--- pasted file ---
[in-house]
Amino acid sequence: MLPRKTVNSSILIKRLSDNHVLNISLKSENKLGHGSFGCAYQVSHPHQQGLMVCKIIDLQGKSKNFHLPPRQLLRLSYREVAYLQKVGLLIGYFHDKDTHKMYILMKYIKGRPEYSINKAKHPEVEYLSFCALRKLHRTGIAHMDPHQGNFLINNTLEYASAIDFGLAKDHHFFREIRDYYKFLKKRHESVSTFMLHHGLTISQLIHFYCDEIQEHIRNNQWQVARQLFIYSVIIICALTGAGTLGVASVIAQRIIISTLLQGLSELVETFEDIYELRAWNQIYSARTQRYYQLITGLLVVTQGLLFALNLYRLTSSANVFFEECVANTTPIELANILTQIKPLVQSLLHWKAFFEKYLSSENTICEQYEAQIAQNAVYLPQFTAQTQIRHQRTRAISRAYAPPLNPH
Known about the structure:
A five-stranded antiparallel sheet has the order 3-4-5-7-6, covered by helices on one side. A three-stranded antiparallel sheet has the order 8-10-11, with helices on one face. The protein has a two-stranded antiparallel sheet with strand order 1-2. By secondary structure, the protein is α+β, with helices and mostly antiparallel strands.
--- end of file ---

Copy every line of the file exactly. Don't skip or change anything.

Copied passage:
[in-house]
Amino acid sequence: MLPRKTVNSSILIKRLSDNHVLNISLKSENKLGHGSFGCAYQVSHPHQQGLMVCKIIDLQGKSKNFHLPPRQLLRLSYREVAYLQKVGLLIGYFHDKDTHKMYILMKYIKGRPEYSINKAKHPEVEYLSFCALRKLHRTGIAHMDPHQGNFLINNTLEYASAIDFGLAKDHHFFREIRDYYKFLKKRHESVSTFMLHHGLTISQLIHFYCDEIQEHIRNNQWQVARQLFIYSVIIICALTGAGTLGVASVIAQRIIISTLLQGLSELVETFEDIYELRAWNQIYSARTQRYYQLITGLLVVTQGLLFALNLYRLTSSANVFFEECVANTTPIELANILTQIKPLVQSLLHWKAFFEKYLSSENTICEQYEAQIAQNAVYLPQFTAQTQIRHQRTRAISRAYAPPLNPH
Known about the structure:
A five-stranded antiparallel sheet has the order 3-4-5-7-6, covered by helices on one side. A three-stranded antiparallel sheet has the order 8-10-11, with helices on one face. The protein has a two-stranded antiparallel sheet with strand order 1-2. By secondary structure, the protein is α+β, with helices and mostly antiparallel strands.